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Taiwan's Foxconn to build three ancillary facilities as part of Wisconsin LCD campus
TAIPEI (Reuters) - Taiwanese electronics manufacturer Foxconn on Monday said it plans to build three facilities in the U.S. state of Wisconsin for operation as early as next year, as part of a campus housing a $10 billion liquid crystal display (LCD) factory due for 2020.

Uber raises Hong Kong fares amid legal tangles
HONG KONG (Reuters) - Uber Technologies Inc said it raised its Hong Kong minimum fares on Monday by as much as 80 percent following a review.

Sinopec's Shengli Oilfield cuts Internet for some offices after cyber attack
BEIJING (Reuters) - Sinopec's Shengli Oilfield said it will cut its Internet connection for some of its offices after a malicious ransom software attacked of 21 of its Internet terminals, the company said on its official website on Monday.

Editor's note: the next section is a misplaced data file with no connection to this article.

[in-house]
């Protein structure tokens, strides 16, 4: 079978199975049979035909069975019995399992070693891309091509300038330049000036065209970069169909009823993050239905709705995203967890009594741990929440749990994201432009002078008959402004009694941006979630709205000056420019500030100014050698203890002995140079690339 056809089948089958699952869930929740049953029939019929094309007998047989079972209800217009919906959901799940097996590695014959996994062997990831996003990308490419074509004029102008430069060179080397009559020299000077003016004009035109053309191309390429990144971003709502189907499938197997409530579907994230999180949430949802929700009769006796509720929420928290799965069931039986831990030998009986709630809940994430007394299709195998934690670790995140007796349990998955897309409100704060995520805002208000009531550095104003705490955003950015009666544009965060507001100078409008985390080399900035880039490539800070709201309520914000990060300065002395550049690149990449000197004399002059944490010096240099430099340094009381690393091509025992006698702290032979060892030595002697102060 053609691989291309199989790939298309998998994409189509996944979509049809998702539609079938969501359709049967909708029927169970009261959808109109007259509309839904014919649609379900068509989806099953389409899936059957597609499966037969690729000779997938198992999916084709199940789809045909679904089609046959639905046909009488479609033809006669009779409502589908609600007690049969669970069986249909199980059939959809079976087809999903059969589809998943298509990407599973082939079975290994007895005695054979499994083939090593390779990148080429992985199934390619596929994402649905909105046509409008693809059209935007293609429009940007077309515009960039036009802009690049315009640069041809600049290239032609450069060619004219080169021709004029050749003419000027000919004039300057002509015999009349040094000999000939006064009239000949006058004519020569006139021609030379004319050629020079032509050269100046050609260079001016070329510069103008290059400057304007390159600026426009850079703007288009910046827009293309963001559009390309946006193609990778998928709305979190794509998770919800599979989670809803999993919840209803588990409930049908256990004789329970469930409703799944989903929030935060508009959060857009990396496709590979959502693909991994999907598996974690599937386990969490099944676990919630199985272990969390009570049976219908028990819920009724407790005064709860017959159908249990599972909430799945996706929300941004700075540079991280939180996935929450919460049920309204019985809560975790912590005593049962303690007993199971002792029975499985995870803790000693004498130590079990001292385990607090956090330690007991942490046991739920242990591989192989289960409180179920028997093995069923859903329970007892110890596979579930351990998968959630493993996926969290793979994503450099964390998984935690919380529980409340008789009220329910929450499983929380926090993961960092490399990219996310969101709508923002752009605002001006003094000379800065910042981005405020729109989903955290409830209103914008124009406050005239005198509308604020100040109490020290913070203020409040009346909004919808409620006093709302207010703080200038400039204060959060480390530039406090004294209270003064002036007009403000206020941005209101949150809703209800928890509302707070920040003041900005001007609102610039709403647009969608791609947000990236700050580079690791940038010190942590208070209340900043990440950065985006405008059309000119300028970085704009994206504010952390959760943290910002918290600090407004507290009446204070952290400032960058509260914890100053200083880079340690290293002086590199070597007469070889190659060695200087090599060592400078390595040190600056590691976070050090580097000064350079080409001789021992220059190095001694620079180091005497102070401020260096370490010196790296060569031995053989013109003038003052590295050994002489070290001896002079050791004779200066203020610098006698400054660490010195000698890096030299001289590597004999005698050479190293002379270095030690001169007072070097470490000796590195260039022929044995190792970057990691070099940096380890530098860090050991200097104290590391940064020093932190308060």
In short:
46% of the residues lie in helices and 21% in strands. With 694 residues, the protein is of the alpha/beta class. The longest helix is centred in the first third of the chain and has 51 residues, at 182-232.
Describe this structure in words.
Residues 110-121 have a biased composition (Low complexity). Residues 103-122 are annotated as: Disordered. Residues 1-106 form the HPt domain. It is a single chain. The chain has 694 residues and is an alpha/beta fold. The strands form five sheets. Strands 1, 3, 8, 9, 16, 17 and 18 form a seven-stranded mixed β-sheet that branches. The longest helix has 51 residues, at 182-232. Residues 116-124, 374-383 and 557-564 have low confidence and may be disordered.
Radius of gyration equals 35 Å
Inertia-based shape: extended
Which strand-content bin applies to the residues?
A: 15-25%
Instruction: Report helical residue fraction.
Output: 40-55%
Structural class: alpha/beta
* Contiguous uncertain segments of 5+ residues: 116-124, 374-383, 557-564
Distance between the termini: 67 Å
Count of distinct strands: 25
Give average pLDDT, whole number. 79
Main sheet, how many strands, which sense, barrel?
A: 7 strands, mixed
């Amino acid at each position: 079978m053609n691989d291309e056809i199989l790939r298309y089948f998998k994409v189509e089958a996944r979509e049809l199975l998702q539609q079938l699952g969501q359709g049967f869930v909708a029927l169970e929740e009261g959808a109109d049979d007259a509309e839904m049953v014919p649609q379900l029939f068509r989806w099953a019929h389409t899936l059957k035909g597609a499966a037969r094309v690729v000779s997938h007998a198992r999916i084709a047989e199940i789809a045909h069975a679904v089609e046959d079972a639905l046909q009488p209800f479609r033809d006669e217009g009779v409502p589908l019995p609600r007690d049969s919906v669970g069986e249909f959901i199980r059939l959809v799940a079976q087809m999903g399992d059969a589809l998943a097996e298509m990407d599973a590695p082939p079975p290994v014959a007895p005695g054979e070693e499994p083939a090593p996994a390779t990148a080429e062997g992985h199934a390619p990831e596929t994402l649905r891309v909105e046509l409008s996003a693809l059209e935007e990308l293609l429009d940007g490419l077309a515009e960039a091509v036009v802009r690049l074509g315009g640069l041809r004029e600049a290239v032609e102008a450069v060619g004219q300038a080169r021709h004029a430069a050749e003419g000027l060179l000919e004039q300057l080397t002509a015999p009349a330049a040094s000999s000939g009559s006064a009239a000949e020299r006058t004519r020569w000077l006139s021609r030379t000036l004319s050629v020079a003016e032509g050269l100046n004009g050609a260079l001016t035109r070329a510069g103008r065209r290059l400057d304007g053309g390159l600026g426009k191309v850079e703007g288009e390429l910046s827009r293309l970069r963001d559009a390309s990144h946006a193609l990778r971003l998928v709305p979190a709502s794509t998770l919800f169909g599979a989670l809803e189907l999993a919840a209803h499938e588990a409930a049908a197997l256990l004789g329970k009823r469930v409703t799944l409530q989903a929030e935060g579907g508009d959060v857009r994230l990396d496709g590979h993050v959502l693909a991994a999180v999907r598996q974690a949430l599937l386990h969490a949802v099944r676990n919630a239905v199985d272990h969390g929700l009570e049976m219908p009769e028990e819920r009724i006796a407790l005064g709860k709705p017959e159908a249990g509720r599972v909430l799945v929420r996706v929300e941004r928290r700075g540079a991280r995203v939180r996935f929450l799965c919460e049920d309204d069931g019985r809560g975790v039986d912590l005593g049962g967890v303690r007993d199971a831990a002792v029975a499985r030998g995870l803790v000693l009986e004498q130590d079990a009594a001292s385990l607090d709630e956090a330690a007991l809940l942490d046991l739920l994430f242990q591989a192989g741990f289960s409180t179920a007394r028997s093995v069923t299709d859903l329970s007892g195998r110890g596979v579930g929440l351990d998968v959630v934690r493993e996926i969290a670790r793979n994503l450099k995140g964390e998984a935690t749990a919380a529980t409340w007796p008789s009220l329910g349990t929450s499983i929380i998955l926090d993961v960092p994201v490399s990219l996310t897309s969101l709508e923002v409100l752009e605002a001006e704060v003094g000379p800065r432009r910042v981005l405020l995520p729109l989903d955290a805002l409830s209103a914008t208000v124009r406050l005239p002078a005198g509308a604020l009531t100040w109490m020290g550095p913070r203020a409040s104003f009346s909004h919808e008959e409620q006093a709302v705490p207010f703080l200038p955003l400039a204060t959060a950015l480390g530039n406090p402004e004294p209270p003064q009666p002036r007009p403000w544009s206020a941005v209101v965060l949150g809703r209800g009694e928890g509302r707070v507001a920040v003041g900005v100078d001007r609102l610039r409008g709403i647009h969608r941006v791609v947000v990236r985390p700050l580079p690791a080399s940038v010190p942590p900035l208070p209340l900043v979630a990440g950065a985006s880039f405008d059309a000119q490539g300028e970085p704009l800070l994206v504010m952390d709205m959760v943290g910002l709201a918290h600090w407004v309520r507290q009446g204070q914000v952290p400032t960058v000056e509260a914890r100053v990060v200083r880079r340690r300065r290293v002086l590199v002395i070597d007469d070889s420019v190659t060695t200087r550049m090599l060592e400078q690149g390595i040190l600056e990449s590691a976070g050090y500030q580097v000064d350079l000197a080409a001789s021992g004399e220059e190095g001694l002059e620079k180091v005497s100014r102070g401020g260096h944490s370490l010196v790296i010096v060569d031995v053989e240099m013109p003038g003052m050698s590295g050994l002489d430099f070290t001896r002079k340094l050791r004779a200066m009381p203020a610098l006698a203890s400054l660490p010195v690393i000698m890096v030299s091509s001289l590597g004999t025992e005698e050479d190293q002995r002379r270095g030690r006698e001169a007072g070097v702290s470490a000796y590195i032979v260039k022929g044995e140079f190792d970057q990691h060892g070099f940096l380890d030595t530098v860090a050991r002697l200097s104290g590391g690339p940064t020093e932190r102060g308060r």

Conservative Canadian site The Rebel disrupted as its loses domain provider
TORONTO (Reuters) - Conservative Canadian website The Rebel said its domain provider cut its internet registration, making the site inaccessible to some users around the world on Monday as the company scrambled to get back online using a second provider.

PwC Japan exec denies political pressure on Toshiba audit
TOKYO (Reuters) - The head of auditor PricewaterhouseCoopers Aarata LLC on Monday denied it came under political pressure to sign off on an annual financial report by Toshiba Corp, a move which helped the troubled Japanese conglomerate avert a delisting.

Israel's TowerJazz to set up China chip plant with Tacoma Semi
JERUSALEM (Reuters) - Israeli chipmaker TowerJazz is linking up with Tacoma Semiconductor Technology Co to establish a fabrication plant in Nanjing, China to make 8-inch wide wafers, as it seeks a foothold in the world's second-largest economy.

Infosys shares extend losses as leadership issues outweigh share buyback
MUMBAI (Reuters) - A planned $2 billion share buyback by Infosys failed to lift shares in India's No. 2 IT services company, which dropped on Monday for a second straight trading day on concerns over a dispute between its board and founders.